More than 50 years ago, military brass sat down the couple who'd become Susan Green's parents.
They told them how horrible it would be if a black man and a white woman wed at a time when interracial marriage was illegal in parts of the United States.
They did it anyway.
Six years later, in 1967, they celebrated when the Supreme Court ruled in Loving v. Virginia that no state could stop different races from marrying.
For years, Susan Green knew their anguish, their struggle, their determination.
Today, she knows their joy.
Green thought of her parents three years ago as she tearfully filled out a license to wed her partner Robin Phillips in Provincetown, Massachusetts. The seaside enclave was more than 2,500 miles away from their home state of Arizona, where same-sex marriage has been banned.
She cried more tears of joy Wednesday, when the Supreme Court struck down part of the Defense of Marriage Act in ruling the federal government cannot treat legally married gay and lesbian couples differently from heterosexual ones.
"This must have been what Mom and Dad felt like when the Loving case was decided," Green said. "It was the beginning, and it was the acknowledgment they had the right to marry, they had the right to be together."
Green and Phillips haven't kept secret the fact they're lesbians, or that they're together. They joke about being the only married couple on the faculty at Arizona State University's Walter Cronkite School of Journalism and Mass Communication and are grateful for their colleagues support.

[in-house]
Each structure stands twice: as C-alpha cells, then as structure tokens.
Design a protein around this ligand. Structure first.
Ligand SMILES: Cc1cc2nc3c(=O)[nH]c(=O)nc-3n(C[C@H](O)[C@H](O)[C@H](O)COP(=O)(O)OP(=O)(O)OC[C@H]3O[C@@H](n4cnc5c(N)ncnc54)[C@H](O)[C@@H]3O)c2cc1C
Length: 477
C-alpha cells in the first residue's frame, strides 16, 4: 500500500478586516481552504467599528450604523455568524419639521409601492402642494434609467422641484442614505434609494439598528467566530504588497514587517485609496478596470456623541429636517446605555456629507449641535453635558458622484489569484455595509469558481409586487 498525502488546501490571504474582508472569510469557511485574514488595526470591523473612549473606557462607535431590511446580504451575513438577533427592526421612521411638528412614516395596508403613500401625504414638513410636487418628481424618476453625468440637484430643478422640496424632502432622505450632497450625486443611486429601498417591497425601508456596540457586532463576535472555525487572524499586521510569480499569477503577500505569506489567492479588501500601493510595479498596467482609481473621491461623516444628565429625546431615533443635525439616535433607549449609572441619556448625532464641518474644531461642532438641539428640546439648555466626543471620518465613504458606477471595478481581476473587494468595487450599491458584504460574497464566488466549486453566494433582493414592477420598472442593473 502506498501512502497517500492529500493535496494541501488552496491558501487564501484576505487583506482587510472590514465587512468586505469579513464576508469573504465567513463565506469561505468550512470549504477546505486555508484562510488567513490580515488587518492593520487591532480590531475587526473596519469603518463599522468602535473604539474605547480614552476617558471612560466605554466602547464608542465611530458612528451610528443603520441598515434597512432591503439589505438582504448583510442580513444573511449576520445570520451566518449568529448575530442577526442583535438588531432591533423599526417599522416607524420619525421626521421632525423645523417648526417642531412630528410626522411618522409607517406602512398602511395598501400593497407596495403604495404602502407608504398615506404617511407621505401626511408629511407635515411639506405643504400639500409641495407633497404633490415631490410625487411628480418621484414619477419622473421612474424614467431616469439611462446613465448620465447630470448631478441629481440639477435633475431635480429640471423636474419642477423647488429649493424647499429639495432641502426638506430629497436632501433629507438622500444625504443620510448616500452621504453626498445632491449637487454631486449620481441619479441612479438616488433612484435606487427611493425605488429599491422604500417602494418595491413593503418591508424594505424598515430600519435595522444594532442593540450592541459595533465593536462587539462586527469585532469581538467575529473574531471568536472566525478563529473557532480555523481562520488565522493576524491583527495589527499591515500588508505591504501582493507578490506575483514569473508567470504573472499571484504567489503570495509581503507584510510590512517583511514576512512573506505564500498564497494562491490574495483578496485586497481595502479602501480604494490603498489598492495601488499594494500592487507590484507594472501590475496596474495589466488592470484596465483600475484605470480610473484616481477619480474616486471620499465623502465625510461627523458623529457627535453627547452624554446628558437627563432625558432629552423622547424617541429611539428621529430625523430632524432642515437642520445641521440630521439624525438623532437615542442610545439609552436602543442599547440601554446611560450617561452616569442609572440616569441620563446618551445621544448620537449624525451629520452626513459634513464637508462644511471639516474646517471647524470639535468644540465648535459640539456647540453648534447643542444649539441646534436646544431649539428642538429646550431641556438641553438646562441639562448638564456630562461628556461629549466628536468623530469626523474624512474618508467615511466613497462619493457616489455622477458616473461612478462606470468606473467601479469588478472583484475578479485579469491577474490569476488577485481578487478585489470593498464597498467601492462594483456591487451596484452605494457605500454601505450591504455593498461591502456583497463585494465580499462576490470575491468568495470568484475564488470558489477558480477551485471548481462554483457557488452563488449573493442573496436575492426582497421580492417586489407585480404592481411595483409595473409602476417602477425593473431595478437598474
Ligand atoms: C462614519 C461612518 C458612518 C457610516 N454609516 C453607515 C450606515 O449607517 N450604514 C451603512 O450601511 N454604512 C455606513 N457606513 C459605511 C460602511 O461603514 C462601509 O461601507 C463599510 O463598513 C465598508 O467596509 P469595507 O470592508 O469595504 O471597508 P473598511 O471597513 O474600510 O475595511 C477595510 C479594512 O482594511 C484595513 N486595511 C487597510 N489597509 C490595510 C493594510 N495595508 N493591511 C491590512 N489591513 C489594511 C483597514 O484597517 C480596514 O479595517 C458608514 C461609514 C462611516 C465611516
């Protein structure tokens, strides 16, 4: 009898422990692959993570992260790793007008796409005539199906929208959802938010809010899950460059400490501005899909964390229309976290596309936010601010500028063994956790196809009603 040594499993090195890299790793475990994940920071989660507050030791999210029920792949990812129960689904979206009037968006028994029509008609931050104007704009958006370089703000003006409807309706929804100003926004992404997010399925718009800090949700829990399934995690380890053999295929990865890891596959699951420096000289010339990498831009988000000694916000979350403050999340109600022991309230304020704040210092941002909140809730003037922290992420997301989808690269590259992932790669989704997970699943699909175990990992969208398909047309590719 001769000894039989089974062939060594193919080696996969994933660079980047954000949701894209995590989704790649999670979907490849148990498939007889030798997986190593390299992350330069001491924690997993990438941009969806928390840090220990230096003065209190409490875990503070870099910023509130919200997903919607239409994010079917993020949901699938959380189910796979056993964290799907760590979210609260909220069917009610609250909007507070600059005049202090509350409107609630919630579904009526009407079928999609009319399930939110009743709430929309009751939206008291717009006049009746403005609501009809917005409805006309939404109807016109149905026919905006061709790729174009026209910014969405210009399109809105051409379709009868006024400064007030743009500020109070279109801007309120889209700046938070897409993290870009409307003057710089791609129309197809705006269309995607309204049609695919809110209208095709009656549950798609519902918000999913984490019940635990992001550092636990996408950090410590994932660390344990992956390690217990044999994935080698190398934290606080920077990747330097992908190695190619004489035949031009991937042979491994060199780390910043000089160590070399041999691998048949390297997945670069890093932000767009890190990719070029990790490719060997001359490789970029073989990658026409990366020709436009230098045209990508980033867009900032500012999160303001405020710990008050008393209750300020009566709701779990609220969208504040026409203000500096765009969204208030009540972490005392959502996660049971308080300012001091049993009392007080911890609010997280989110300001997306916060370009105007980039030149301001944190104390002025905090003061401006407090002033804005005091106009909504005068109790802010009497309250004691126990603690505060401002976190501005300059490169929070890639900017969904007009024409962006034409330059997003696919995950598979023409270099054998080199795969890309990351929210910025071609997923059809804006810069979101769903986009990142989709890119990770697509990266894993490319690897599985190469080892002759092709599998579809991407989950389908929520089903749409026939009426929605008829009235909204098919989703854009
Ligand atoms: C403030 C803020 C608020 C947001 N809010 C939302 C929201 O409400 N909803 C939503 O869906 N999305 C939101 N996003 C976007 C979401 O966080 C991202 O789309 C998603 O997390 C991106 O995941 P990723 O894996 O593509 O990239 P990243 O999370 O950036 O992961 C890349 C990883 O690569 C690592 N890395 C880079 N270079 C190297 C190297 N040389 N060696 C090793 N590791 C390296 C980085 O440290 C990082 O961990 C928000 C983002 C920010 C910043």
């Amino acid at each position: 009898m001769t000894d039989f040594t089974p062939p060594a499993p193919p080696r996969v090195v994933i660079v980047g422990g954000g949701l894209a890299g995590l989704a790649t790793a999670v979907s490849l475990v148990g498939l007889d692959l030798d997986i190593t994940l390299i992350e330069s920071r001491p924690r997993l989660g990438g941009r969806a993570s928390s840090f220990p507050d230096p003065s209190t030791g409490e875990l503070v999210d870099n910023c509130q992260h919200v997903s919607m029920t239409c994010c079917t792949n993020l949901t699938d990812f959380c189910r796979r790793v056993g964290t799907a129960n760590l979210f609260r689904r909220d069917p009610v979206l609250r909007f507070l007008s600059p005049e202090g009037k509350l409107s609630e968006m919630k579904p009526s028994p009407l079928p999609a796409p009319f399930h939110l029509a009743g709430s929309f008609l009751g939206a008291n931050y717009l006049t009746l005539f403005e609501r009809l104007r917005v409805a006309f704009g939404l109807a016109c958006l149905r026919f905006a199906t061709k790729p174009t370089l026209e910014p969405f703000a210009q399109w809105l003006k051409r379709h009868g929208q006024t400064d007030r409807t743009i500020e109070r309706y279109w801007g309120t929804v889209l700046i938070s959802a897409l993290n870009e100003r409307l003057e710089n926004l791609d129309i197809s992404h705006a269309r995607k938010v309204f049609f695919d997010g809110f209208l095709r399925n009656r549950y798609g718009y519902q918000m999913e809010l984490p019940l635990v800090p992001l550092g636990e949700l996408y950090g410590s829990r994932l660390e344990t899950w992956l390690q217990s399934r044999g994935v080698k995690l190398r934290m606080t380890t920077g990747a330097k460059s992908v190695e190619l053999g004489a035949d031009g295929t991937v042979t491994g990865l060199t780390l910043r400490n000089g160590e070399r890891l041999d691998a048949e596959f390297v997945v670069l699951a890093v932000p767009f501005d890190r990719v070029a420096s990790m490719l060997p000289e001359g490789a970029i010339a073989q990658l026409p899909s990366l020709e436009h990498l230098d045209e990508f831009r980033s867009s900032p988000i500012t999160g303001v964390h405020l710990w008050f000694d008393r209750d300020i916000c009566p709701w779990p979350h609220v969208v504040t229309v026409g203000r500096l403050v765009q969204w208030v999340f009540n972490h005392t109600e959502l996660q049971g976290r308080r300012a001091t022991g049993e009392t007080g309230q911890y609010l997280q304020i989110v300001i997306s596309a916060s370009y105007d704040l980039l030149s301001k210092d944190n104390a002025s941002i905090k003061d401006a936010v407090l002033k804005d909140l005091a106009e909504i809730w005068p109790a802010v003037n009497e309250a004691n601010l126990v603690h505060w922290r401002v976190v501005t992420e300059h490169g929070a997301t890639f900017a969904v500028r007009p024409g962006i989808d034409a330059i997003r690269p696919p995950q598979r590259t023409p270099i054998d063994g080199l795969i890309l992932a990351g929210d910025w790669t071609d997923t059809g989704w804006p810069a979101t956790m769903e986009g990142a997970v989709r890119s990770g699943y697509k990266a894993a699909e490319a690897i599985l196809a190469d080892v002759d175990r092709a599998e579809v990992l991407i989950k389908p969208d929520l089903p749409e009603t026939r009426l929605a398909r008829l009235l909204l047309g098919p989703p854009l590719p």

It hasn't been easy, though.
In November 2008, Arizona voters passed an amendment to the state constitution defining marriage as "only a union of one man and one woman."
That meant -- as it does for others in 37 states where same-sex marriage is not or will soon not be legal -- Green and Phillips were, in legal terms, little more than roommates.
Even after their Massachusetts nuptials, Green fought through health ailments and worried that if something happened to her, Phillips wouldn't get her Social Security benefits.
"As we start to get older and think about retirement and things like that, all of these issues come into play," Green said.
Wednesday ended up being a "little crazy" in the best possible way with laughter, tears and relief.
They breathed easier not having to worry about things that they might have the day before. They rejoiced the federal government finally will recognize their union as valid. They celebrated that gay rights had come so far, and that they'd been around to see it happen and to talk to the world about it.
"This is a great thing," Phillips said. "And it helps us share our stories."
They've been doing that at Arizona State for years, where Green said students she's never met regularly show up at her door, asking for help figuring out how to come out to their families and friends.
Others come to them fearful of getting outed at work, and theoretically fired, given that most states still don't have laws that prohibit terminating someone because they are gay or transgendered.
"I'm out, and I'm there for them," Green said. "... I serve in a lot of different ways."
Having the chance to help people is one reason the pair wants to stay in Arizona.
It may be easier to go elsewhere, to a state like New York or Washington, where there would be no questions about whether they'd get the same rights as heterosexual couples.
Wednesday's Supreme Court ruling, notably, didn't mandate everyone recognize same-sex marriages: That's still up to the individual states. It doesn't change anything in Arizona, for instance.
But Arizonans need to know that there are happy, productive same-sex couples in their midst, not for them all to go elsewhere, Green said. It's harder for them to be foreign or an unknown if they work down the hall, live down the block or shop at the same store.